WORK IT OUT WOMBATS! | ©2022 WGBH Educational Foundation

WORK IT OUT WOMBATS! | ©2022 WGBH Educational Foundation

PBS Kids’ new series WORK IT OUT WOMBATS! premieres Monday, February 6, on the PBS Kids Prime Video Channel. For those unfamiliar with the animal, a wombat is an Australian marsupial mammal that looks a little like a woodchuck. Except, in the case of WORK IT OUT WOMBATS!, the wombats are animated siblings who live with their grandmother in the Treeborhood (that’s a neighborhood in a tree). The program is designed to help children ages three through six begin to understand computer coding.

If this ambition sounds like a tall order (especially if you’re an adult who still doesn’t understand computer coding), consider this example from executive producer Marcy Gunther: “Sequencing is something we all use in our daily lives, trying to figure out which order am I going to do my errands in. Am I going to go to the grocery store first, or the drugstore? On the show, the kids use skills like sequencing.”

Gunther created WORK IT OUT WOMBATS! with her producing partner and fellow WOMBATS executive producer Marisa Wolsky, as well as Javier Lopez, Luis Lopez, Kathy Waugh and Robby Hoffman.

Additionally, married couple Dr. Kareem Edouard PhD, and Dr. Darlene Mortel Edouard are creative producers on WORK IT OUT WOMBATS! Dr. Hakeem Edouard is assistant professor of learning technologies and co-director of the Information Learning Linking Engineer Science and Technology Laboratory at Drexel University, as well as a researcher in issues of culture and inclusion in children’s media.

Gunther is a multi-Emmy award winner, whose previous credits include the PBS children’s shows ARTHUR, SESAME STREET, ZOOM, DESIGN SQUAD, MOLLY OF DENALI, and THE RUFF RUFFMAN SHOW.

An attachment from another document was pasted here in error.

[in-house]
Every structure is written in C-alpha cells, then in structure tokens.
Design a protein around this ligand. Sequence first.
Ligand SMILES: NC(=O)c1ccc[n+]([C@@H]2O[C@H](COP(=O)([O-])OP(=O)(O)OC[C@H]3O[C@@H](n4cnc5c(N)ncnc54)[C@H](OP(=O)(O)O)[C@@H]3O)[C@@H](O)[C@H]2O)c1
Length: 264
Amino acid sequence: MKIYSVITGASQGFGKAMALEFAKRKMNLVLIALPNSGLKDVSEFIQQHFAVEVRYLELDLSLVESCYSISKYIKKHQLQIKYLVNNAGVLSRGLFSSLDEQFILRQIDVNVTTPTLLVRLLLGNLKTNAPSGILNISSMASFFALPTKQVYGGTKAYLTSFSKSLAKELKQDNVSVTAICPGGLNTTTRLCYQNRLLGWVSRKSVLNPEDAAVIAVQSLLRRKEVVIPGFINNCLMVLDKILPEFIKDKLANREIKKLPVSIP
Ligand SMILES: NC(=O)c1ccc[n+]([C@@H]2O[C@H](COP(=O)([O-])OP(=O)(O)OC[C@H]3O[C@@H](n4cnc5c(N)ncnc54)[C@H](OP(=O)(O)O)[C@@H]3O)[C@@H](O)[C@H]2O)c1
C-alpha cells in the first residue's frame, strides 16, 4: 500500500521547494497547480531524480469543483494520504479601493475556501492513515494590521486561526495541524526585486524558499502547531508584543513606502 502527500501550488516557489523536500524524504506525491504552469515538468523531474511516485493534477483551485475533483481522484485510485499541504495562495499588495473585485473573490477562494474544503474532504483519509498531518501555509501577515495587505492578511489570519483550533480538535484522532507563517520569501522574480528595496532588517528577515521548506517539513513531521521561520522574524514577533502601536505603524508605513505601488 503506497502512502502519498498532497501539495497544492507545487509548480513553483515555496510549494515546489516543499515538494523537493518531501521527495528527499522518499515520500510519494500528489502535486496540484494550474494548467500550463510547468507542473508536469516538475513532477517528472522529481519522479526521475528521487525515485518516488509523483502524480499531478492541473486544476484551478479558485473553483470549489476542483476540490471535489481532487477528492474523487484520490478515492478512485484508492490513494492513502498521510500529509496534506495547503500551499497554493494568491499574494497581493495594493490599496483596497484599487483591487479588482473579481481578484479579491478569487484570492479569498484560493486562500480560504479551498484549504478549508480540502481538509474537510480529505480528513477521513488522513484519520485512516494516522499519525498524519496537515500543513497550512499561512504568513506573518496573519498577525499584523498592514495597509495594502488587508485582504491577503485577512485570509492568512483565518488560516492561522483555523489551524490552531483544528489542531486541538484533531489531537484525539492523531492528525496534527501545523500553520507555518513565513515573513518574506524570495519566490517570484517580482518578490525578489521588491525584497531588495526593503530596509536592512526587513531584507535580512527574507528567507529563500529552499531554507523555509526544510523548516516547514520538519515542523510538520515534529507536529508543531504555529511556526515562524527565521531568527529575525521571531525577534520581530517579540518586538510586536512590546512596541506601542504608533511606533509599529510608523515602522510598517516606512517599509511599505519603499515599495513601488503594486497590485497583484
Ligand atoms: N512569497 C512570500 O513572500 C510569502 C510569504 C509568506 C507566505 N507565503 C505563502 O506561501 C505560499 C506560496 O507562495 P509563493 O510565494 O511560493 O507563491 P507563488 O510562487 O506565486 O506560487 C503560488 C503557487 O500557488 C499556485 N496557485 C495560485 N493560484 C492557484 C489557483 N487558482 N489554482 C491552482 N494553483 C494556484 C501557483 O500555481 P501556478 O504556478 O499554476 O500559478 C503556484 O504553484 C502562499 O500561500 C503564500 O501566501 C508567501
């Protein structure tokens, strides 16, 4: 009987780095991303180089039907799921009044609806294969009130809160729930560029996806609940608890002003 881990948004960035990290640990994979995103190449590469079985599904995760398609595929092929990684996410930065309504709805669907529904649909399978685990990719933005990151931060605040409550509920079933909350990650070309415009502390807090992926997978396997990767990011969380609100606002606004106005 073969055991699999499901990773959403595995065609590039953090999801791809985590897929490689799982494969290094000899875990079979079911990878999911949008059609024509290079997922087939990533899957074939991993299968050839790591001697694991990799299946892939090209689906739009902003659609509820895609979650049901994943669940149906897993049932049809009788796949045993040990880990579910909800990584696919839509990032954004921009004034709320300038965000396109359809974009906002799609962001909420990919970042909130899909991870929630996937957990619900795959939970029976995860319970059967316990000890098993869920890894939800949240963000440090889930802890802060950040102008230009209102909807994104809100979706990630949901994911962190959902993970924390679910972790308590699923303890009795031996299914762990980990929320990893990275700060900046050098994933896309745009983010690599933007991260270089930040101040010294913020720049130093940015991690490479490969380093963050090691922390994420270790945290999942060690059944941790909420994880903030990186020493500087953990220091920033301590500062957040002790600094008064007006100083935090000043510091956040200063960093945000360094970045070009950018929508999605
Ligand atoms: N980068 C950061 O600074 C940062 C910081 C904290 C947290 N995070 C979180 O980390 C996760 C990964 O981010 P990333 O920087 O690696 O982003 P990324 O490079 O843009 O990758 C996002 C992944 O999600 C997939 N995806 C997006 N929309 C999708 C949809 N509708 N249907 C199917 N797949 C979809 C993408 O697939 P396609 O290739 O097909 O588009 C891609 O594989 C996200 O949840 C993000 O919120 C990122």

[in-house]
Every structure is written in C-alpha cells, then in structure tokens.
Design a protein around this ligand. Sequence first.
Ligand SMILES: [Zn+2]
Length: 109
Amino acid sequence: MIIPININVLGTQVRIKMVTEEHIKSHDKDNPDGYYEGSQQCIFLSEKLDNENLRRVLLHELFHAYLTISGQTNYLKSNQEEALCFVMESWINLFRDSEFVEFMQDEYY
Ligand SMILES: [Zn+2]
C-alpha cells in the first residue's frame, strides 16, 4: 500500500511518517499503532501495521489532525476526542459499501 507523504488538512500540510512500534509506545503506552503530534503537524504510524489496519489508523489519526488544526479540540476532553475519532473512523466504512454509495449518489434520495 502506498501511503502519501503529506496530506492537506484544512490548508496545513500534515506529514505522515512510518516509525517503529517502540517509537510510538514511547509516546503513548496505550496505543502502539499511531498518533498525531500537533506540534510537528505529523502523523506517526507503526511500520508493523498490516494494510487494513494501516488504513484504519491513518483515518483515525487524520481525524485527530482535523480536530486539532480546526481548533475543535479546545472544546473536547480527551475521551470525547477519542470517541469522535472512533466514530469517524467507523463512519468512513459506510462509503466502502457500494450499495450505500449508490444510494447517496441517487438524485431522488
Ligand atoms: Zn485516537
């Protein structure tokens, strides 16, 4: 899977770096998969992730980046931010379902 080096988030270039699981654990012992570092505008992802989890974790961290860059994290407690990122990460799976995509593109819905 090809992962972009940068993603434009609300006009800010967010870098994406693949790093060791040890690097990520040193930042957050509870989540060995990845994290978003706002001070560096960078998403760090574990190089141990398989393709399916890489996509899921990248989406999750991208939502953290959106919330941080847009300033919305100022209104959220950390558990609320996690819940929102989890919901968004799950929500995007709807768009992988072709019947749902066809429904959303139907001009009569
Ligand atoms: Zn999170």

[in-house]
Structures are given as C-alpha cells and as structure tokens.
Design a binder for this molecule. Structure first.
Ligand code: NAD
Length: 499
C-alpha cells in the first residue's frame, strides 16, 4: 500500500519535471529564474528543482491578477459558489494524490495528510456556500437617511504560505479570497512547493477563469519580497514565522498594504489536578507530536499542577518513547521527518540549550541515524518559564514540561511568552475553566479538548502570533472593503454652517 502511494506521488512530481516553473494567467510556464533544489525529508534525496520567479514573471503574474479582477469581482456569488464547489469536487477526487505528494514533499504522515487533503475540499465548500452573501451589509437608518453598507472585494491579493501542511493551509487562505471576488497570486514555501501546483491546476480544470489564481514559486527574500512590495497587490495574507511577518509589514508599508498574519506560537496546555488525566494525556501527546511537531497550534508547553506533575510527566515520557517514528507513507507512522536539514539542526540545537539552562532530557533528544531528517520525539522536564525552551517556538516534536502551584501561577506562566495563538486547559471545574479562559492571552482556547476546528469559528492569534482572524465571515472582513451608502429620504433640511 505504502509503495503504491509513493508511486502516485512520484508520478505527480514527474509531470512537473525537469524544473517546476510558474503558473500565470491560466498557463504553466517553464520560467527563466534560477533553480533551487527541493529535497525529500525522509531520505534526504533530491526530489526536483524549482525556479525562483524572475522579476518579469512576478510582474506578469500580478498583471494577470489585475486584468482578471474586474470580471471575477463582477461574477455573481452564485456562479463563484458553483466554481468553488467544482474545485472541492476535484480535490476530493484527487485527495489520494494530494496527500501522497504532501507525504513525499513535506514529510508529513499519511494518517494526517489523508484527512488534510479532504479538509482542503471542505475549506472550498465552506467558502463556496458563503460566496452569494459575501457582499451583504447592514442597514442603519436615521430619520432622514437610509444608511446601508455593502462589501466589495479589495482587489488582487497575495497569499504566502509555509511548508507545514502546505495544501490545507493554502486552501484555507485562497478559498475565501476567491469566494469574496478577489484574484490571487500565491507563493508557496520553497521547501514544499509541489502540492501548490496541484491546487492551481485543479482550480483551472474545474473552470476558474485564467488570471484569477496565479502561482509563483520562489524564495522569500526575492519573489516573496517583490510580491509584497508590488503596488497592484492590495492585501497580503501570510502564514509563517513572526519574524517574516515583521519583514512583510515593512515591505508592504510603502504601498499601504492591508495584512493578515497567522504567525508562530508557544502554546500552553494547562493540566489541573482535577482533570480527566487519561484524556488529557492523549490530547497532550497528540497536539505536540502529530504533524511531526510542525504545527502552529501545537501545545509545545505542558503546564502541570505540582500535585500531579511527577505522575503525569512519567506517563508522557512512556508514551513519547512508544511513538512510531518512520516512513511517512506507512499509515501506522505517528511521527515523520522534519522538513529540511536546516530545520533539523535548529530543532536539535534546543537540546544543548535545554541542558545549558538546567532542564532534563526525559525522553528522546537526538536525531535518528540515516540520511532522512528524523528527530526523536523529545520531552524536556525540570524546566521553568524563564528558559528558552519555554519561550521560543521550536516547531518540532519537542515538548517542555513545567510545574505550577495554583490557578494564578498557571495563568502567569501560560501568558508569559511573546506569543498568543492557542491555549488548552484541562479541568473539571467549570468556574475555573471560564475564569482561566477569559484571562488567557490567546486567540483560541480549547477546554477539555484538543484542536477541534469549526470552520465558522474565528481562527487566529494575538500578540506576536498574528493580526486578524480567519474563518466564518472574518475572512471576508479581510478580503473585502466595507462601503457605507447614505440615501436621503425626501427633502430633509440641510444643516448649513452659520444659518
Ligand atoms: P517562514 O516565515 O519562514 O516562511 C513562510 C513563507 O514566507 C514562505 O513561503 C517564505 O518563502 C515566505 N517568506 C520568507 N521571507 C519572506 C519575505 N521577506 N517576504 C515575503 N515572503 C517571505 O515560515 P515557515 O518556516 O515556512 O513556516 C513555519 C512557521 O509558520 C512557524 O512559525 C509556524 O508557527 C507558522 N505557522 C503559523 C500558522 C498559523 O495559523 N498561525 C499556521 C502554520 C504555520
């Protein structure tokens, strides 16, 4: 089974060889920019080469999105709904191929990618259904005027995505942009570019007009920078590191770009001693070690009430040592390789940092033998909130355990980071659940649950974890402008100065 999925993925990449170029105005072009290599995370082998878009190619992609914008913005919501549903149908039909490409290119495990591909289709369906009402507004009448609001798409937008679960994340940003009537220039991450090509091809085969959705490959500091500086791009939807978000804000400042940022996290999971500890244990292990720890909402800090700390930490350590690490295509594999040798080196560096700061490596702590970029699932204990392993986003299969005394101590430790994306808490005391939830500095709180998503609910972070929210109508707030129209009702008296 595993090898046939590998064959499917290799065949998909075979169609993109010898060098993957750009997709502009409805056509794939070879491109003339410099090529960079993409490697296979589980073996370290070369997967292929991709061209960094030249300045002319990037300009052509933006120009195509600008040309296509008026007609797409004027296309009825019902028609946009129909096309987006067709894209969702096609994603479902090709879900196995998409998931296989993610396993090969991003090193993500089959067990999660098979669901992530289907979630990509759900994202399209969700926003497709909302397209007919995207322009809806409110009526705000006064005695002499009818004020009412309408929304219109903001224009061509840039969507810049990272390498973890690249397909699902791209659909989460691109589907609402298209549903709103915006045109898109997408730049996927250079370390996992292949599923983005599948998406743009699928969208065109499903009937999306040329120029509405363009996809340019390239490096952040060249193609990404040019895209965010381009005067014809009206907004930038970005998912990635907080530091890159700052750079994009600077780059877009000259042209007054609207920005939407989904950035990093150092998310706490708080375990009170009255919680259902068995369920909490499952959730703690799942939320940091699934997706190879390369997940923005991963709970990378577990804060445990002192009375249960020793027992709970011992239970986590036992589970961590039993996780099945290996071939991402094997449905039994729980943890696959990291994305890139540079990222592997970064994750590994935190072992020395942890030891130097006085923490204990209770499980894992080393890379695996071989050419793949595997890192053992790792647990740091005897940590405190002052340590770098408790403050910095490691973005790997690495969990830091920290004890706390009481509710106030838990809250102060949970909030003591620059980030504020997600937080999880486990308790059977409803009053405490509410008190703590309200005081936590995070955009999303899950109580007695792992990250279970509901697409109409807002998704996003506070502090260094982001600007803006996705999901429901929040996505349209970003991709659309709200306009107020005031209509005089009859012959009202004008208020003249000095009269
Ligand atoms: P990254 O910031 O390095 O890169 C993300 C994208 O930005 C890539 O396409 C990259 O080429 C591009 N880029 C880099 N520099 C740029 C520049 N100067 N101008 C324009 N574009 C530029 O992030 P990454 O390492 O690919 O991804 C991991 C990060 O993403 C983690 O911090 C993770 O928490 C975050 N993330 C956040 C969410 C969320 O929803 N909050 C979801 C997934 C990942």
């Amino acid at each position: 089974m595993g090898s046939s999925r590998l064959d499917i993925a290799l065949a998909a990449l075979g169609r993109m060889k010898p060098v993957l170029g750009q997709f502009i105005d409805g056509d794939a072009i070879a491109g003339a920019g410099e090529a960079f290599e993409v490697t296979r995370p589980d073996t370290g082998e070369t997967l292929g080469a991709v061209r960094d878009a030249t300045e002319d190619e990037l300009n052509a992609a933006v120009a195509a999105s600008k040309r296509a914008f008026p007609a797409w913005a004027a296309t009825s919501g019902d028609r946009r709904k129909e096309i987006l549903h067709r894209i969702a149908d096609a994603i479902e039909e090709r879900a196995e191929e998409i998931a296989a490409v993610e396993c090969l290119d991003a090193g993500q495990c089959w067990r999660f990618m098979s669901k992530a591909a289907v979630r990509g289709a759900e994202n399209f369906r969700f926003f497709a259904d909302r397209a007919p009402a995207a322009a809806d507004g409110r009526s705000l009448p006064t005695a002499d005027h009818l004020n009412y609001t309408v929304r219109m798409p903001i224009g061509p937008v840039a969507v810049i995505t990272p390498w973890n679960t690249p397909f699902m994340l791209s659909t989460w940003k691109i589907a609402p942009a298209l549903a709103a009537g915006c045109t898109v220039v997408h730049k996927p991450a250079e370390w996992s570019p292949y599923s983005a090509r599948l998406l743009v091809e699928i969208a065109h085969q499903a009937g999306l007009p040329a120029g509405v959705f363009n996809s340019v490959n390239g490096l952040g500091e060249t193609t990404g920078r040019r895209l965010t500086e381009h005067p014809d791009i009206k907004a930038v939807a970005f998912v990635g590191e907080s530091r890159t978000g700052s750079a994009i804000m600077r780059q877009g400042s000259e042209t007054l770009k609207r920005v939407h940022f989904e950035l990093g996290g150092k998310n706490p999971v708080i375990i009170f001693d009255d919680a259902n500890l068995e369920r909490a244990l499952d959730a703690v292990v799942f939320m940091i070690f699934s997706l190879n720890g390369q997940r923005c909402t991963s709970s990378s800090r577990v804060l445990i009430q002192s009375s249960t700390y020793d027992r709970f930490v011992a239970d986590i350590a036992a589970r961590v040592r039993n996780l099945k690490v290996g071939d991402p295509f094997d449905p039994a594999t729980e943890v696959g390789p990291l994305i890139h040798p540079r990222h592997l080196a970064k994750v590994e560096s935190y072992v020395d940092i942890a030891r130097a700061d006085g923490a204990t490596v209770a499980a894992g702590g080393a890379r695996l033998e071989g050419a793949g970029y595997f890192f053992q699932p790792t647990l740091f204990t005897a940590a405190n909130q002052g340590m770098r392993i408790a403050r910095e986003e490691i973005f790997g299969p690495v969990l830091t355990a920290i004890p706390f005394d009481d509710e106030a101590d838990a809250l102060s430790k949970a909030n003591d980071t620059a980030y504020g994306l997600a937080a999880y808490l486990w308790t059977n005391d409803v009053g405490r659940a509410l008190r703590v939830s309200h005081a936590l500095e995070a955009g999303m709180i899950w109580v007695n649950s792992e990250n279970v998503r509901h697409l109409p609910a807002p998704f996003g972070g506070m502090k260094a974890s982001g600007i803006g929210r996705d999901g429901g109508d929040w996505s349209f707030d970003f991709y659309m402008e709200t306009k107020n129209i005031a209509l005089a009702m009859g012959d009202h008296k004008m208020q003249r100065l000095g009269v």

Together, Gunther and Dr. Kareem Edouard sit down for an interview about WORK IT OUT WOMBATS! during PBS’s portion of the Winter 2023 Television Critics Association (TCA) press tour at the Langham Hotel in Pasadena, CA.

ASSIGNMENT X: How did you come to make an animated TV series designed to help small children understand computers?

MARCY GUNTHER: We knew there was an urgent call to start teaching kids about computational thinking, and the precursors to coding. The educators of the government put out a call, and our first thought was, “We need to be doing this. How on Earth do we create a show about thinking? How do you create a visual show about thinking?” [laughs]

WGBH has a long history of creating curriculum-based content for kids, and being one of the first to create a certain kind of show, or a certain kind of media. We created DESIGN SQUAD, which was the first engineering game show for kids eight to twelve. ARTHUR was the first animated series on PBS. So, we always like to set a really high bar for ourselves, and take on really big, meaty challenges. And we knew this was a big, meaty, and important challenge.